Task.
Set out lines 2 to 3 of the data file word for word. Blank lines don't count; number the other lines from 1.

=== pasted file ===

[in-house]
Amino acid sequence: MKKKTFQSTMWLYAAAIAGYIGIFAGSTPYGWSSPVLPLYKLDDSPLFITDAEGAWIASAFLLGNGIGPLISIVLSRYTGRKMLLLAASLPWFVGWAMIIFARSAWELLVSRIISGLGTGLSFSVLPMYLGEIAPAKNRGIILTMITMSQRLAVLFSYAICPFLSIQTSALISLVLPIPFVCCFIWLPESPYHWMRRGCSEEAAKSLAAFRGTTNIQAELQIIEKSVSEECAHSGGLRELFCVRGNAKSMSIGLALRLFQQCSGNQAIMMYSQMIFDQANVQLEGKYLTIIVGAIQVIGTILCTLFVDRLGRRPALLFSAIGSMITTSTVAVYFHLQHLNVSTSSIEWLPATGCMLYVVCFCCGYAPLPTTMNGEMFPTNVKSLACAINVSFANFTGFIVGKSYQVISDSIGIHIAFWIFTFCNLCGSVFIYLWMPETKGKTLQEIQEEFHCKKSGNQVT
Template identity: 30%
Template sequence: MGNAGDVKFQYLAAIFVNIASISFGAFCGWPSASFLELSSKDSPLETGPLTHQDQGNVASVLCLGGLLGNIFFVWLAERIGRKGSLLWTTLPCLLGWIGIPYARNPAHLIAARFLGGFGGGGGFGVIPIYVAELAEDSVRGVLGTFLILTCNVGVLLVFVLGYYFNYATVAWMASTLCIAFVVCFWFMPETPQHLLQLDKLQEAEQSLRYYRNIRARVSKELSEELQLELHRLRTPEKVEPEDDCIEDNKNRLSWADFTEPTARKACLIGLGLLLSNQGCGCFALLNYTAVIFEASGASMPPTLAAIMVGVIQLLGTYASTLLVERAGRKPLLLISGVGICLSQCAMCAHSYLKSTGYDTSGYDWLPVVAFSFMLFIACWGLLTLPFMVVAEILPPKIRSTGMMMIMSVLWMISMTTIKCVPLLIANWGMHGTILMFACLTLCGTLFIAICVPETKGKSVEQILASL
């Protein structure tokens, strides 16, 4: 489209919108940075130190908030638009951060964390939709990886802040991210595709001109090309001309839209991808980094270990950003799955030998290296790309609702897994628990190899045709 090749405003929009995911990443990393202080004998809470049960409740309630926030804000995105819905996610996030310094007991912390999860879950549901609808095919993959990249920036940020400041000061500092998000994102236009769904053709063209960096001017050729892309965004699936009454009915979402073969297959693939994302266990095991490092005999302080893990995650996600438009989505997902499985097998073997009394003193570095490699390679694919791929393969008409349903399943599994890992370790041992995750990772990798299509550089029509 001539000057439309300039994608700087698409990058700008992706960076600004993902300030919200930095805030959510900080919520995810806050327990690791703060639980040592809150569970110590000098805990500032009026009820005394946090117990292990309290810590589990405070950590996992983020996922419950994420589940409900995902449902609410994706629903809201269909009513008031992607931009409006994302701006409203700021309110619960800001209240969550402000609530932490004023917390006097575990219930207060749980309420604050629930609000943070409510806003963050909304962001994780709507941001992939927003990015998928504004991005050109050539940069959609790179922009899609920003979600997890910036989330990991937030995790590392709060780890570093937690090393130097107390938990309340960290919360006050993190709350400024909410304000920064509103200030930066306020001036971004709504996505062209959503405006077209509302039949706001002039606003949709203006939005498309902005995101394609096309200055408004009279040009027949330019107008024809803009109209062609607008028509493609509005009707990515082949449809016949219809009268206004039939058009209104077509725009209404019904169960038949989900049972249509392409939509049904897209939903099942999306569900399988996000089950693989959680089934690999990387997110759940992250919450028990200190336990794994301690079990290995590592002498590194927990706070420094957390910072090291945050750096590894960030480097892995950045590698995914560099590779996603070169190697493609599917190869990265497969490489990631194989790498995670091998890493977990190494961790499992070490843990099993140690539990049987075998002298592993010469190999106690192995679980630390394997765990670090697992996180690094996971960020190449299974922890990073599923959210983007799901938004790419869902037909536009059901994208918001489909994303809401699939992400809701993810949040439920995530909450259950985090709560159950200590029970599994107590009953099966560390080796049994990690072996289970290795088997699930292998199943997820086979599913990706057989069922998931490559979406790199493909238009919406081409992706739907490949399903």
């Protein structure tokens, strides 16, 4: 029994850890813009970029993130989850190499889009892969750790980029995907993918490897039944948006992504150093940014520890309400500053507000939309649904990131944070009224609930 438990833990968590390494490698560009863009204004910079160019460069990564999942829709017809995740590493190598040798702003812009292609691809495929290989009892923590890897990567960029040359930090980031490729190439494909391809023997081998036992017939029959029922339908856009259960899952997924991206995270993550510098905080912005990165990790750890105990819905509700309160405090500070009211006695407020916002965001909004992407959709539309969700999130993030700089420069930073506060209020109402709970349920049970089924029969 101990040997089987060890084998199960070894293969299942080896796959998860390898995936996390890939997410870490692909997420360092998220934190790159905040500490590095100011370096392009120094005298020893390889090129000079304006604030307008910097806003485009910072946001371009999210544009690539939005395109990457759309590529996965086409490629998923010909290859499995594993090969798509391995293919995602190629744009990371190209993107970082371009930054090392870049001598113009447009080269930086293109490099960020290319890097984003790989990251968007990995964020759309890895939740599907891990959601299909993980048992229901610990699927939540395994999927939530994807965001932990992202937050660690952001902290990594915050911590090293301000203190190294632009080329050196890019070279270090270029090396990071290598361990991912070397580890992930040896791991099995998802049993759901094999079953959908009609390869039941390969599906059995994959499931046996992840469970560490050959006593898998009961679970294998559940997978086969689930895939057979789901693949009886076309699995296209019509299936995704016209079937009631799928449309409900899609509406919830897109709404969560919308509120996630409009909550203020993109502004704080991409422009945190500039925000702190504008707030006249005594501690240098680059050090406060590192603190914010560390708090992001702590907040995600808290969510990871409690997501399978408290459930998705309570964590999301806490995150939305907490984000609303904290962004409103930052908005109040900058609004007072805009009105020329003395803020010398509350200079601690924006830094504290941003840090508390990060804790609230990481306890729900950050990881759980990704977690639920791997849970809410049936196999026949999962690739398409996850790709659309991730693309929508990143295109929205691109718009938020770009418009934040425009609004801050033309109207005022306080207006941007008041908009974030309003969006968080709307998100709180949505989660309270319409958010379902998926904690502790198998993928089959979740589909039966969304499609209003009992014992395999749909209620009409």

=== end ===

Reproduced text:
Amino acid sequence: MKKKTFQSTMWLYAAAIAGYIGIFAGSTPYGWSSPVLPLYKLDDSPLFITDAEGAWIASAFLLGNGIGPLISIVLSRYTGRKMLLLAASLPWFVGWAMIIFARSAWELLVSRIISGLGTGLSFSVLPMYLGEIAPAKNRGIILTMITMSQRLAVLFSYAICPFLSIQTSALISLVLPIPFVCCFIWLPESPYHWMRRGCSEEAAKSLAAFRGTTNIQAELQIIEKSVSEECAHSGGLRELFCVRGNAKSMSIGLALRLFQQCSGNQAIMMYSQMIFDQANVQLEGKYLTIIVGAIQVIGTILCTLFVDRLGRRPALLFSAIGSMITTSTVAVYFHLQHLNVSTSSIEWLPATGCMLYVVCFCCGYAPLPTTMNGEMFPTNVKSLACAINVSFANFTGFIVGKSYQVISDSIGIHIAFWIFTFCNLCGSVFIYLWMPETKGKTLQEIQEEFHCKKSGNQVT
Template identity: 30%